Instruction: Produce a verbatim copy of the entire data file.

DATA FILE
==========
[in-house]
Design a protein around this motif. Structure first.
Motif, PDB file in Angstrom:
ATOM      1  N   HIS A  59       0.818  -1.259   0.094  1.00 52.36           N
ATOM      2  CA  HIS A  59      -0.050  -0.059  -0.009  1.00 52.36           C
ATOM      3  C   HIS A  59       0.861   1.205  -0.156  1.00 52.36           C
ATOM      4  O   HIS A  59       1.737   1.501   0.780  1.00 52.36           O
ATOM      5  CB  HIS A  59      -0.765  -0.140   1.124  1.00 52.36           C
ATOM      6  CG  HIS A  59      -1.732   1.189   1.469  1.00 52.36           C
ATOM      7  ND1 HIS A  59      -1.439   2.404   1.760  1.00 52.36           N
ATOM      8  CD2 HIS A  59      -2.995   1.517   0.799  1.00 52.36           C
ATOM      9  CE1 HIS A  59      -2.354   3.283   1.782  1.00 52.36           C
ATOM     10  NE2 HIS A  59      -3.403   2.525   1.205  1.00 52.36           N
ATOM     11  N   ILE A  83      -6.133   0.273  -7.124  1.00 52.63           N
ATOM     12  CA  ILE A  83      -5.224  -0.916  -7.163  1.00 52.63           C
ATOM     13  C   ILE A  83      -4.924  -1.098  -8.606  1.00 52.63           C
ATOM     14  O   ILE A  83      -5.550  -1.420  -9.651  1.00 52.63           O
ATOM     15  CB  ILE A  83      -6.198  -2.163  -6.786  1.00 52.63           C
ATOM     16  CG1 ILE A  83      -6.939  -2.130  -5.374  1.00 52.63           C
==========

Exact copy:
[in-house]
Design a protein around this motif. Structure first.
Motif, PDB file in Angstrom:
ATOM      1  N   HIS A  59       0.818  -1.259   0.094  1.00 52.36           N
ATOM      2  CA  HIS A  59      -0.050  -0.059  -0.009  1.00 52.36           C
ATOM      3  C   HIS A  59       0.861   1.205  -0.156  1.00 52.36           C
ATOM      4  O   HIS A  59       1.737   1.501   0.780  1.00 52.36           O
ATOM      5  CB  HIS A  59      -0.765  -0.140   1.124  1.00 52.36           C
ATOM      6  CG  HIS A  59      -1.732   1.189   1.469  1.00 52.36           C
ATOM      7  ND1 HIS A  59      -1.439   2.404   1.760  1.00 52.36           N
ATOM      8  CD2 HIS A  59      -2.995   1.517   0.799  1.00 52.36           C
ATOM      9  CE1 HIS A  59      -2.354   3.283   1.782  1.00 52.36           C
ATOM     10  NE2 HIS A  59      -3.403   2.525   1.205  1.00 52.36           N
ATOM     11  N   ILE A  83      -6.133   0.273  -7.124  1.00 52.63           N
ATOM     12  CA  ILE A  83      -5.224  -0.916  -7.163  1.00 52.63           C
ATOM     13  C   ILE A  83      -4.924  -1.098  -8.606  1.00 52.63           C
ATOM     14  O   ILE A  83      -5.550  -1.420  -9.651  1.00 52.63           O
ATOM     15  CB  ILE A  83      -6.198  -2.163  -6.786  1.00 52.63           C
ATOM     16  CG1 ILE A  83      -6.939  -2.130  -5.374  1.00 52.63           C